A few years ago now Engage was invited by our WHS friends in Hamburg to be the conduit for the city of Liverpool to participate in the largest ever research programme to develop programmes for supporting historic areas through the challenges of climate change.

We have taken part in all their meetings throughout the Covid pandemic using zoom to connect everyone in the many European cities who are involved in the process. So has Liverpool City Council. It would be fair to say that we have far fewer officers working in this area than any of the other cities we were in touch with and the one or two people working in this area have hardly any resources to draw upon. So we are not in any sense leaders in this work

If there was to be any serious engagement with this subject then it seems to Engage that there needs to be greater involvement from our universities sector. And that is one reason why we are publishing this ARCH Newsletter  so that hopefully word will reach our interested academics. Also this is very much open to the general public and we know that there are some in Liverpool who will be interested in this area of engagement.

This issue has suddenly assumed much greater significance with published reports on Friday 4th March 2022 stating that the UK is not prepared for the impacts of climate change. One of the experts specifically picks out coastal areas as being especially vulnerable. Engage is aware of just how much more our European friends are prepared and engaged with this subject. The links below show the extent to which work is on-going in Europe to address the climate crisis particularly in relation to heritage in this case.

For further European ARCH information click on the following links:

UPDATE: 28.04.2022


“Social and Institutional capacities for resilience: from the assessment to the strategy”

26th – 27th April 2022 Hamburg


Liverpool took part in this workshop through the presence of the Chair of Engage who represented the city amongst the different European cities taking part. The invitation-only event involved Hamburg as the Core City and Regensburg, Thessaloniki and Liverpool. The meeting was held in the Heritage Preservation Department’s Restoration Workshop which was a great setting. We were based of course in Hamburg’s UNESCO WHS area known as the “Speicherstadt” Warehouse District which you can watch here on this video:

The meeting was organised by ICLEI (International Council for Local Environmental Initiatives) known also as Local Governments for Sustainability, is an international non-governmental organisation that promotes sustainable development. ICLEI provides technical consulting to local governments to meet sustainability objectives and I have to say that the work they have done with the ARCH project is outstanding. They have produced, with others, a comprehensive set of documents and tools that will assist all cities in managing the challenges posed by climate change to the historic and heritage assets of Europe. You can access many of them via the links in the article above. Learn more about ICLEI in the video below:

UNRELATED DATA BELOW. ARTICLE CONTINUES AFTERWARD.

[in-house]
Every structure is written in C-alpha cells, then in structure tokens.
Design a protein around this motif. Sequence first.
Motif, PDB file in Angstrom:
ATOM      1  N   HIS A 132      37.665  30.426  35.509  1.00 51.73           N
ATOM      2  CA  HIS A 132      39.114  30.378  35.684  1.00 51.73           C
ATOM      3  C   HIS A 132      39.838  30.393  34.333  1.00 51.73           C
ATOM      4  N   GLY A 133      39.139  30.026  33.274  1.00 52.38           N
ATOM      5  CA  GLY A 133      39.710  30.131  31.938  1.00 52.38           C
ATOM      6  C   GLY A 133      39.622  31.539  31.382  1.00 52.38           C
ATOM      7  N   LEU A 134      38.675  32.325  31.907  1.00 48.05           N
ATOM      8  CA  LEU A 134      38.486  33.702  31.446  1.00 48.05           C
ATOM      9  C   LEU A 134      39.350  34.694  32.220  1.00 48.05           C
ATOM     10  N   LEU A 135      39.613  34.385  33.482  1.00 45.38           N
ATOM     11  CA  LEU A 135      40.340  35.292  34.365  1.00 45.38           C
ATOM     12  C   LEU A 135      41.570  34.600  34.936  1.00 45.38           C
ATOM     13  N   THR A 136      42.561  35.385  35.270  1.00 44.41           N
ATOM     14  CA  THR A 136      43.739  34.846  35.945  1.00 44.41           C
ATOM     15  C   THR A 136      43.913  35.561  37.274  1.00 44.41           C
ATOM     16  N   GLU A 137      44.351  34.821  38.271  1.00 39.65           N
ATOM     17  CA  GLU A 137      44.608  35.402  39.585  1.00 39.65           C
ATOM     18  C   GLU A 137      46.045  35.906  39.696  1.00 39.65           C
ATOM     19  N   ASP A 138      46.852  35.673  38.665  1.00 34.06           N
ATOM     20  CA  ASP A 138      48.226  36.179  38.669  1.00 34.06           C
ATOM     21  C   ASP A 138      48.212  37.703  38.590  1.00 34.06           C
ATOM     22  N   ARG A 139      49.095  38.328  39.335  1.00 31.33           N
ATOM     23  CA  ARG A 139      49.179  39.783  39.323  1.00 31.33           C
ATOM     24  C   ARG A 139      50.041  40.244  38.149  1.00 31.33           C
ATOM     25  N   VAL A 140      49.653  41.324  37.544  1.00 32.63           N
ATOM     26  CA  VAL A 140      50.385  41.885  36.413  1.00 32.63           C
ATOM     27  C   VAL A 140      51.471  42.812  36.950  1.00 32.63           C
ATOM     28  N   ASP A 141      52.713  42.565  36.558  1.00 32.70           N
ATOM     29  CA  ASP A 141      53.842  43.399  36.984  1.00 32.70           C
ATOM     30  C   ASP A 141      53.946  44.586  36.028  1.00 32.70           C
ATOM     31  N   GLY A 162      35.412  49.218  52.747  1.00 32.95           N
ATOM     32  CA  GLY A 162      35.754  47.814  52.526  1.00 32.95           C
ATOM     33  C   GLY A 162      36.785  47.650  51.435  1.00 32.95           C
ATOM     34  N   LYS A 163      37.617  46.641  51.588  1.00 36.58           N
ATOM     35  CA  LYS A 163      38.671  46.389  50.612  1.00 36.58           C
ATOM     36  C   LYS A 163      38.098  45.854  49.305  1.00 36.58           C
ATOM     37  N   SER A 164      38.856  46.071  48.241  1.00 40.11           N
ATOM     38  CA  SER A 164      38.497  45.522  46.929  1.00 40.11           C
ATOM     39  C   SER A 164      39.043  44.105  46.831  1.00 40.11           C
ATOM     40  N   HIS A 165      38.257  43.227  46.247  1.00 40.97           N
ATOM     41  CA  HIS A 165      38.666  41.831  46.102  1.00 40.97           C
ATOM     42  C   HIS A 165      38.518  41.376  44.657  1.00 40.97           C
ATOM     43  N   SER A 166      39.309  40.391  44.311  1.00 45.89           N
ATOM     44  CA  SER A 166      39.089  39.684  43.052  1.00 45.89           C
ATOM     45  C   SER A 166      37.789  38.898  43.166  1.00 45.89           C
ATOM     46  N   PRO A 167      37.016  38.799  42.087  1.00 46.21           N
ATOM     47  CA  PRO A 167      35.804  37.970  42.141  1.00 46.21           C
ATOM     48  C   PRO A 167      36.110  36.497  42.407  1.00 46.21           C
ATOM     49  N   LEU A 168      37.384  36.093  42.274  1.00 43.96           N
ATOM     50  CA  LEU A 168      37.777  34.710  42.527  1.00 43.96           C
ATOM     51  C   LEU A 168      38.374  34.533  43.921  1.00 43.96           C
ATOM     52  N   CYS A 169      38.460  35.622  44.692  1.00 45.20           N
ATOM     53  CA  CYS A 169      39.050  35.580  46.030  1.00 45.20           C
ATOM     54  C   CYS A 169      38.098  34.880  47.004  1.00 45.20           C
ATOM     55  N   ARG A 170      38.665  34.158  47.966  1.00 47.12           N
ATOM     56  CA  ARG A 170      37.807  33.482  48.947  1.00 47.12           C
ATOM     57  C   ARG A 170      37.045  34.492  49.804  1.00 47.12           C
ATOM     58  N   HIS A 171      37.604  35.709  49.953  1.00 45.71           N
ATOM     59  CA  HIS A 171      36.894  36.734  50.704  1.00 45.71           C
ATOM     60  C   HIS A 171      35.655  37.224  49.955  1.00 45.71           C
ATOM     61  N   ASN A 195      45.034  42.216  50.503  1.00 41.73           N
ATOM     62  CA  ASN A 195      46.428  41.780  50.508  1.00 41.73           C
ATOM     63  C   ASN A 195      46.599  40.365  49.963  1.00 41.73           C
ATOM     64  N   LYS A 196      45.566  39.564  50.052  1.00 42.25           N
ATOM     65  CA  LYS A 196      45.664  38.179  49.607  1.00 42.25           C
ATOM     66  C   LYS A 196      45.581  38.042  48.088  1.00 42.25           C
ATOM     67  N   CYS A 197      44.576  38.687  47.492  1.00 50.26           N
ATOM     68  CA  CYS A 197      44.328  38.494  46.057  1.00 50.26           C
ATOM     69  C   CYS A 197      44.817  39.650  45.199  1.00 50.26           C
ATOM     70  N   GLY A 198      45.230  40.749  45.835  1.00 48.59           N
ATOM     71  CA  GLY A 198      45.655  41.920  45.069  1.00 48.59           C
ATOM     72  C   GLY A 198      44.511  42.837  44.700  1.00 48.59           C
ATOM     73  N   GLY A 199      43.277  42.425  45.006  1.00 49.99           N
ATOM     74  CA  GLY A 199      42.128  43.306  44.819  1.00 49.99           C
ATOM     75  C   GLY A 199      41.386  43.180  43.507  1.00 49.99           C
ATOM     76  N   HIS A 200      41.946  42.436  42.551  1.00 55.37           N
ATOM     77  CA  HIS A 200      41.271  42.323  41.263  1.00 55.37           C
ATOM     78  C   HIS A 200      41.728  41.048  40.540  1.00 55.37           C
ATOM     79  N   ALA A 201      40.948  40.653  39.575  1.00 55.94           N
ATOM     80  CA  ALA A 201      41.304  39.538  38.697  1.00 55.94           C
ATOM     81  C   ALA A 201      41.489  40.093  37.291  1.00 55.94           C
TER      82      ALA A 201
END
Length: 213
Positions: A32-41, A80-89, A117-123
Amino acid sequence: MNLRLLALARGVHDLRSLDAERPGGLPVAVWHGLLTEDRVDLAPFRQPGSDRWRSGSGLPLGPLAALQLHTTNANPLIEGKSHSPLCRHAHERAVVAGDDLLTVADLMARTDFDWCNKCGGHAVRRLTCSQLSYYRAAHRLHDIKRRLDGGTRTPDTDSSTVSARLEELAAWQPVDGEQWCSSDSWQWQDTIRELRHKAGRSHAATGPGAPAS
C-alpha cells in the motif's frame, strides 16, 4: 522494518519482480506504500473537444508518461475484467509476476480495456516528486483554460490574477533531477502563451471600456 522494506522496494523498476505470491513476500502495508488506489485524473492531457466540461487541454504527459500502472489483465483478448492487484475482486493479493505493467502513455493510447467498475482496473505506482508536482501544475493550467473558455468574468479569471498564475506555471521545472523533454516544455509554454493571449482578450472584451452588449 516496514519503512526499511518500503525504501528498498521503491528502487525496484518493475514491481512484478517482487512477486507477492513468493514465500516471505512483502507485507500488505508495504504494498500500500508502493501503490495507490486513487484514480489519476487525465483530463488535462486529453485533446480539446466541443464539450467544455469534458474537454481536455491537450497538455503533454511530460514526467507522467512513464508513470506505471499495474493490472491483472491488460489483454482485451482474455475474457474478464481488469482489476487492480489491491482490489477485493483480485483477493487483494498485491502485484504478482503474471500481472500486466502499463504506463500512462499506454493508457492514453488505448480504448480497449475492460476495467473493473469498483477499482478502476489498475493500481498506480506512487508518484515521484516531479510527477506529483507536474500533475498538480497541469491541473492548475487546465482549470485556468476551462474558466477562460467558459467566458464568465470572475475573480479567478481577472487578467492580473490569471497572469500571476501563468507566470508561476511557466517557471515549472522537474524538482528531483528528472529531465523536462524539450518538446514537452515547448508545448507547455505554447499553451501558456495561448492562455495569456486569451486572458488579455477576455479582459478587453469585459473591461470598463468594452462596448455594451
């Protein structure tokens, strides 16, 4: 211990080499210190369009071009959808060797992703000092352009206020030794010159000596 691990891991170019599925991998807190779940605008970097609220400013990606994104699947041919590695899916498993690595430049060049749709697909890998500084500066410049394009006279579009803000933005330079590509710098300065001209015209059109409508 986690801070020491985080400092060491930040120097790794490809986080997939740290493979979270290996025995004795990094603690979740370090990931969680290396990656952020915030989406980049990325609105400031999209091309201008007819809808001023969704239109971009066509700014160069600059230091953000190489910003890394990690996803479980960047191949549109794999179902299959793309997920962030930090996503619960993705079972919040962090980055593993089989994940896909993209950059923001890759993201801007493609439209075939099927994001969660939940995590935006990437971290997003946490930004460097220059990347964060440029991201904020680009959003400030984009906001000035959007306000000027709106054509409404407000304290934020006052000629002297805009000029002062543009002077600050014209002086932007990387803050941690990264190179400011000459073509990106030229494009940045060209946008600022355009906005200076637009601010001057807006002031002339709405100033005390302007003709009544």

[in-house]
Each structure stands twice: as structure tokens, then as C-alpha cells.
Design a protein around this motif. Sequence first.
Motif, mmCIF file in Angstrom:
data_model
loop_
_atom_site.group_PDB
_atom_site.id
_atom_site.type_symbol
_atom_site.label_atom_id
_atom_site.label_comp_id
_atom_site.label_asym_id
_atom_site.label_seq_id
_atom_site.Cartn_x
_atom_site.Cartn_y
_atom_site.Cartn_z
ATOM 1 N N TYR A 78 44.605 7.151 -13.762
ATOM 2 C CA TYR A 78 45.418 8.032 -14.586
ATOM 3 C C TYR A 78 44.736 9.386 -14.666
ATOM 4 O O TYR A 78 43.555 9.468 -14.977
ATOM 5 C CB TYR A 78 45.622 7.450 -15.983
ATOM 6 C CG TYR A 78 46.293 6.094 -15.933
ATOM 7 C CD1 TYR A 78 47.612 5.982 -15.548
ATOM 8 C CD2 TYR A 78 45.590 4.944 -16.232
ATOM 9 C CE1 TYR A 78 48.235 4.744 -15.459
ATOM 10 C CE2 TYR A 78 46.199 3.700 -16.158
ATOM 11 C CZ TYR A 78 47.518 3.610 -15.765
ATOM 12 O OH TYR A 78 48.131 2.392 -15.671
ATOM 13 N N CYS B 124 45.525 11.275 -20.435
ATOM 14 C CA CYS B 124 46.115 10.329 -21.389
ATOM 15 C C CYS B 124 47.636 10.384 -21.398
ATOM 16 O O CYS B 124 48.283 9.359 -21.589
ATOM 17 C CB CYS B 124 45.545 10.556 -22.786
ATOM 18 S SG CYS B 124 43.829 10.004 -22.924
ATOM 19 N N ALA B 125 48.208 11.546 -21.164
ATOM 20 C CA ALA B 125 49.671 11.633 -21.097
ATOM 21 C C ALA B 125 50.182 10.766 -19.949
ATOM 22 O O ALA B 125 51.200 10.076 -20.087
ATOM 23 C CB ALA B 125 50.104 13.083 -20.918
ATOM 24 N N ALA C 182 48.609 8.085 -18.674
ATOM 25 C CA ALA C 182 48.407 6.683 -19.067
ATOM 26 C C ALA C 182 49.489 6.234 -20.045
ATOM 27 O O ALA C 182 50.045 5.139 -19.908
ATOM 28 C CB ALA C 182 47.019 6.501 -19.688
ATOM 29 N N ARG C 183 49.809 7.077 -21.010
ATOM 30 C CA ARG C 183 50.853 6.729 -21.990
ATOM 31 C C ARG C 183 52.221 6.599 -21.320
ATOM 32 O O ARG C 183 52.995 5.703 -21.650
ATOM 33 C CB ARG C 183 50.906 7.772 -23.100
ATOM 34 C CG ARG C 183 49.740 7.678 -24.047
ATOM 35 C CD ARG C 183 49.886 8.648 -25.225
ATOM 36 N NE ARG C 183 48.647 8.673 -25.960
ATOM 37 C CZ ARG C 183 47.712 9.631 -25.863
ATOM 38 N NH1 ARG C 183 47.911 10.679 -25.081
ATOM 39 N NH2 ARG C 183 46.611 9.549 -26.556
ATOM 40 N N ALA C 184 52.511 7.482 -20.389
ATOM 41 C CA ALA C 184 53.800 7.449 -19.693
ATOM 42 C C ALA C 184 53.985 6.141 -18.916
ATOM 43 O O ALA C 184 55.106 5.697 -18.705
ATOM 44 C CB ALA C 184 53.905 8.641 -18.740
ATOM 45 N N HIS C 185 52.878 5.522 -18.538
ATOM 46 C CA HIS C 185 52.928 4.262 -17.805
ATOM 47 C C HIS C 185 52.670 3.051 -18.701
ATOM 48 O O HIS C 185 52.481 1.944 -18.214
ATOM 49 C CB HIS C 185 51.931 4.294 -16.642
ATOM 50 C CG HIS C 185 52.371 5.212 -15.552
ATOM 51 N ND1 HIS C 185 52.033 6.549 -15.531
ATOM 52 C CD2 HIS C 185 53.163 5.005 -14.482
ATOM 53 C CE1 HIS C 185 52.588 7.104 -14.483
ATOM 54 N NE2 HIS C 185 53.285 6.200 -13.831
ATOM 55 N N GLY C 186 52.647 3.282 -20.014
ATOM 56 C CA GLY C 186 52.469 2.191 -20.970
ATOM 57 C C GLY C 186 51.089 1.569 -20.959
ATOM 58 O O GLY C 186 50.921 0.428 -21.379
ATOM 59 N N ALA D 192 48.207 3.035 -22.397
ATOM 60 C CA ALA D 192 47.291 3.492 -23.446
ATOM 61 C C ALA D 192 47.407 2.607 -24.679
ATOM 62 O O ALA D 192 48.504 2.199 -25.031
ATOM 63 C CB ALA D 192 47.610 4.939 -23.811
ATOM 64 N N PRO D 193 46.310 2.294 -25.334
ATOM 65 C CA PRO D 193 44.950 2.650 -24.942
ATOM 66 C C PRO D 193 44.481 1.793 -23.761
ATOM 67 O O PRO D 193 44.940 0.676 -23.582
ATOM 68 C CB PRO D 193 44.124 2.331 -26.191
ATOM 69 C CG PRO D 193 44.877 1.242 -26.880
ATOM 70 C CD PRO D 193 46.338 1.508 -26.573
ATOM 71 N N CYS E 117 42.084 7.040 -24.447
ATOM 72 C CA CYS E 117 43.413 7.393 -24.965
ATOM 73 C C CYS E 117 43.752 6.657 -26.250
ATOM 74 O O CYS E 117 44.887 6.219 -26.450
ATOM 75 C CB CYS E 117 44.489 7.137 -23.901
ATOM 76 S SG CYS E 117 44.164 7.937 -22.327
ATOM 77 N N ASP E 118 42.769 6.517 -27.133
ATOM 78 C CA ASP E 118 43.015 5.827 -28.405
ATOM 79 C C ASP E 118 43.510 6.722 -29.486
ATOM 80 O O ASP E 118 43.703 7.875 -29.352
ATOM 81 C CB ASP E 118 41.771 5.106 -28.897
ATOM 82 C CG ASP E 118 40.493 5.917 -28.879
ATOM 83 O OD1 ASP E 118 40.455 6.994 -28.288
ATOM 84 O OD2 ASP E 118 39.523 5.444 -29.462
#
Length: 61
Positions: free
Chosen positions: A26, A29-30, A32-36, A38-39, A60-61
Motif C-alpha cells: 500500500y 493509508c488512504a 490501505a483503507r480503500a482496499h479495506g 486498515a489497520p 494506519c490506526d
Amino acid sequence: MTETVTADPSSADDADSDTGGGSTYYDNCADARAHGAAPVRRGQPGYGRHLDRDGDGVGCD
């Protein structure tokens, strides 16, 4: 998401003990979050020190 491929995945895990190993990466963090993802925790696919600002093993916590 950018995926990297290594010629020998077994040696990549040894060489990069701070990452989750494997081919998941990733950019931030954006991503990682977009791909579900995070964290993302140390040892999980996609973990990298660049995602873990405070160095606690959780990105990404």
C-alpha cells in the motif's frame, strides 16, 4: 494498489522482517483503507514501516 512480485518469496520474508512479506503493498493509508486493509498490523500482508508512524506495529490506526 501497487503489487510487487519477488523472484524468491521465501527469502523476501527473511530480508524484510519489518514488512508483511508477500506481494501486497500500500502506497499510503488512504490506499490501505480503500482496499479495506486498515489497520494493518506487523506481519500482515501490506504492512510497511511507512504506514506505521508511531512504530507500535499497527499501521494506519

The objectives of the workshop were:

  • To follow-up on the discussions from the previous 4 workshops
  • To learn from Hamburg’s experience on heritage resilience, by visiting its ARCH case study: the Speicherstadt District
  • To further explore one of the already presented ARCH tools: the ARCH Resilience Assessment Dashboard (RAD)
  • To discuss concrete resilience strategies in a World Heritage context
  • To present the ARCH Resilience Measures Inventory (RMI), with particular reference to social and institutional measures

All of this was achieved over the course of the workshop. One of the main ways of understanding the ARCH tools was the role play in the ‘ARCHTOPIA’ game which was really fascinating and illuminating. Lots of insights and comments were shared which will help the final design of the game whose main aim was to assess the resilience of the social and institutional capacity of a city using a multi-stakeholder scenario. It was also lots of fun! The game had two parts with the second part aimed at choosing the best local strategy for resilience – which demanded a lot of compromise and collaboration. This concluded with a session looking at the social and institutional strategies selected according to the interest and urban characteristics of the cluster. The game had been put together by the leading Spanish technology company Tecnalia based in the Basque country: